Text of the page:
Haymitch – Sounds like a lot like Hamish. 

Peeta – Can I get some hummus with that? 

Johanna – Current rank: #541

Delly Sandwich shop!  Or nickname for Cordelia

Atala – Atari?

Thresh – Funny, he’s from the agriculture district and threshing is an agricultural practice. 

Glimmer – “Ugh, the names people in District 1 give their children are so ridiculous.”  (-Katniss, page 182).  I’m not one to call names ridiculous, but you have to admit the quote is hilarious!

Rooba – Reminds me of Roombas

Greasy Sae – I wouldn’t ever want to be called Greasy, though Sae can make a cute nickname for Sarah or Sadie 8 girls were named Sae in the U.S. last year.

And, that’s a wrap of my Hunger Names commentary (at least, until I read the next two books!).  Encountering all those Roman names is absolutely fantastic, and I always love flower names. 

Thoughts, anyone? 

The Name Hadrian

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Hadrian is a strong, rare, and ancient alternative to Adrian.  The feminine form is HadrianaMost commonly associated with Hadrian’s Wall, Hadrian was the name of an early 2nd-century Roman emperor.  29 boys were given this name in 2015, down from 40 in 2014 and 34 in 2013.  Still, it’s more popular than it was 15 years ago, and it fits within with all the other Greek and Roman names that are currently trending!

Possible nicknames include Harry, Hades, and Ryan.  In some types of Harry Potter fanfiction, writers will often make Harry short for Hadrian, more so than they will for Henry or Harrison.  The ones I’ve read from this particular sub-genre usually depict Hadrian “Harry” Potter as a extremely powerful boy-wizard who breaks free from Dumbledore and Dursley control and realizes his inheritance.  There are yet plots, but that’s at least the motif I remember…I haven’t read fan-fiction for quite a while, unless you count communal Skype readings of the dreaded “My Immortal.”  If you don’t believe me about Hadrian and Harry Potter, google it – the search term “harry potter fanfiction hadrian” yields almost 27,000 results.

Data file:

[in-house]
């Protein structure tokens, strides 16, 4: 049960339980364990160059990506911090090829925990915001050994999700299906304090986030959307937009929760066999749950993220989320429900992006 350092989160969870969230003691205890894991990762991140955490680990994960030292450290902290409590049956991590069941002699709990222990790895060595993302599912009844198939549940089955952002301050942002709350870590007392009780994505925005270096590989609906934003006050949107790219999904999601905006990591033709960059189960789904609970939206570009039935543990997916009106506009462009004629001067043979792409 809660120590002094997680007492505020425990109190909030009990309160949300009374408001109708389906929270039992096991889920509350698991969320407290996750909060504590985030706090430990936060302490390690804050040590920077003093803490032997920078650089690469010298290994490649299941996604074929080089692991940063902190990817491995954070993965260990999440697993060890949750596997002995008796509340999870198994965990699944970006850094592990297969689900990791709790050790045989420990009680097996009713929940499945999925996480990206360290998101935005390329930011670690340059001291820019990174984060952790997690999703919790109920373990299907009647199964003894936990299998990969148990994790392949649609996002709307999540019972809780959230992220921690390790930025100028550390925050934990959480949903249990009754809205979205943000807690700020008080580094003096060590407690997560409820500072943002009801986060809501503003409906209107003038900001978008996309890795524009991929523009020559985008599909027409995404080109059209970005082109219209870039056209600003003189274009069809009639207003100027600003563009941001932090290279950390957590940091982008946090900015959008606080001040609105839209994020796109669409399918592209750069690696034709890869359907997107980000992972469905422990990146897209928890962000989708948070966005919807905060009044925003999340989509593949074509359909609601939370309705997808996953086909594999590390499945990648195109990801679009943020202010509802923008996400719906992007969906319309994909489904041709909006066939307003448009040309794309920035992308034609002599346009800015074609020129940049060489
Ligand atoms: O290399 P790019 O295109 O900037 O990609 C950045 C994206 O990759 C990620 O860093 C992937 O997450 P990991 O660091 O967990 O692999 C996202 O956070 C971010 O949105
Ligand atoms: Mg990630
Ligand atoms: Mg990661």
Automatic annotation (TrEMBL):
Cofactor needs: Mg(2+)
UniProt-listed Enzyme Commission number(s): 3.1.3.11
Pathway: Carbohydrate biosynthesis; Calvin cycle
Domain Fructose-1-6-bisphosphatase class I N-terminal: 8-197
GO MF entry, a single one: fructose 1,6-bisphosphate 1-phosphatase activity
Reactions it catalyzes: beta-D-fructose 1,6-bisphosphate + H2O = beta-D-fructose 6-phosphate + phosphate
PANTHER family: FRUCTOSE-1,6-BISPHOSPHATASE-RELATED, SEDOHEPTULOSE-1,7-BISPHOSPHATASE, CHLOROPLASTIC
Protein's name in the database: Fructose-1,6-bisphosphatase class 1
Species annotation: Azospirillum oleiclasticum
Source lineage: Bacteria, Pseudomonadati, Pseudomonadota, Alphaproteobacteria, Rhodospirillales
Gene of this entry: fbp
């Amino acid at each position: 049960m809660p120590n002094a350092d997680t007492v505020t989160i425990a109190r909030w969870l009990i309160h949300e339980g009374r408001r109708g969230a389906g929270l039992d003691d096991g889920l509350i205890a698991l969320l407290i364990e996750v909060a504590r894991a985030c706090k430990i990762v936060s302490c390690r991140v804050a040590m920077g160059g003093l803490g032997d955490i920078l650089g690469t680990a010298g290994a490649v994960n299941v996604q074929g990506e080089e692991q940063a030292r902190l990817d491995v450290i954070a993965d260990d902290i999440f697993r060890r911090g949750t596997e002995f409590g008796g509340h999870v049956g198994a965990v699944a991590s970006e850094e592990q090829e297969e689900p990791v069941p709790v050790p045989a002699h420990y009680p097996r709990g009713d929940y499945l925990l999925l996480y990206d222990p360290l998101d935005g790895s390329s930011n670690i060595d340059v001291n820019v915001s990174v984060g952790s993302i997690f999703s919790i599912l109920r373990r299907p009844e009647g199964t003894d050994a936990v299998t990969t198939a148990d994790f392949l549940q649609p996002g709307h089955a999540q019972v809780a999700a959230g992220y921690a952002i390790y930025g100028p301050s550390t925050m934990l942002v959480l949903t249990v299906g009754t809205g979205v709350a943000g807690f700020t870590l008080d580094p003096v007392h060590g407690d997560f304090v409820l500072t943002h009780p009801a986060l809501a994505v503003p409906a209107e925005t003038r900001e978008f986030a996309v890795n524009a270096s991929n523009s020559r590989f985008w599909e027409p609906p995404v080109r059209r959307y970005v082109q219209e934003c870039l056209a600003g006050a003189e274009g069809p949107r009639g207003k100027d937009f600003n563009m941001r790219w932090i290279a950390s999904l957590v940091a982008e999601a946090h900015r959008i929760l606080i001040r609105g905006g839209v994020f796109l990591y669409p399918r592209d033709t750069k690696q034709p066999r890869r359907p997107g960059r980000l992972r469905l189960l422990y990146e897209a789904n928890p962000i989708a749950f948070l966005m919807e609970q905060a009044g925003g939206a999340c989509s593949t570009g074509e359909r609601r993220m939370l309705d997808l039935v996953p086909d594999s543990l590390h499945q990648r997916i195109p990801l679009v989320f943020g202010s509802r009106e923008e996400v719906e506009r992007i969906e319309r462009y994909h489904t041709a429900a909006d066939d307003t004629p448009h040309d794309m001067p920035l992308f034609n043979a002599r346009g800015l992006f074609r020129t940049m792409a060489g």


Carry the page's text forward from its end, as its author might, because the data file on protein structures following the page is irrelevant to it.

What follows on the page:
Of course, the Roman emperor remains the common association.  That does not mean it’s all marble statues and ruins (even though I myself studied Classics in college and ruins are my personal Disney World).  If hilarity and absurdity are your pursuits, I recommend watching a Japanese movie called Thermae Romae.  It regards a Roman bath architect named Lucius who time-travels to modern Japan and finds inspiration for Roman bath designs in Japanese bath culture.  Meanwhile, Hadrian is the current emperor and he hires Lucius to build him spectacular baths.  If this isn’t weird or awesome enough for you, guess what: there’s a sequel!  But yes, that’s another association with the name.

What do you think of the name Hadrian

Update Aug. 11 2017 – 33 boys named Hadrian in 2016.

Cute Nicknames for Roman Names (Girls)

Just as there are some gorgeous Greek names out there, there are also some great Roman names too.  Several of the following are already very popular – especially Aurora and Julia – while others are very rare, like Hadriana and Saturnina.  I’ve brainstormed to find some nicknames that could make some of these names more usable for parents, but also because this is simply a fun exercise!

Aurelia: Aura, Goldie, Lia, Ellie, Relia, Elia

Camilla: Millie, Cam, Amy, Mila, Cami

Cornelia: Nellie, Ellie, Cora, Lia, Cori

Lucretia: Lucy, Lucky, Rettie, Tia, Lux

Severina: Vera, Erin, Erina, Ever, Verina

Valentina: Vale, Tina, Ina, Valley

Hadriana: Hattie, Ana, Ria, Addie

Petronia: Ronnie, Pet, Petra, Nia

Antonia: Toni, Annie, Nia

Aurora: Aura, Rory

Virginia: Ginny, Nia

Lucia: Lucy, Lux

Julia: Jools, Lea

Livia: Liv, Via

Saturnina: Nina, Ina

Juno: June, Junie

Salacia: Sally, Lacy (okay, maybe this one sounds too much like “salacious.”  Great nickname potential though!)

Mildly edited May 5, 2017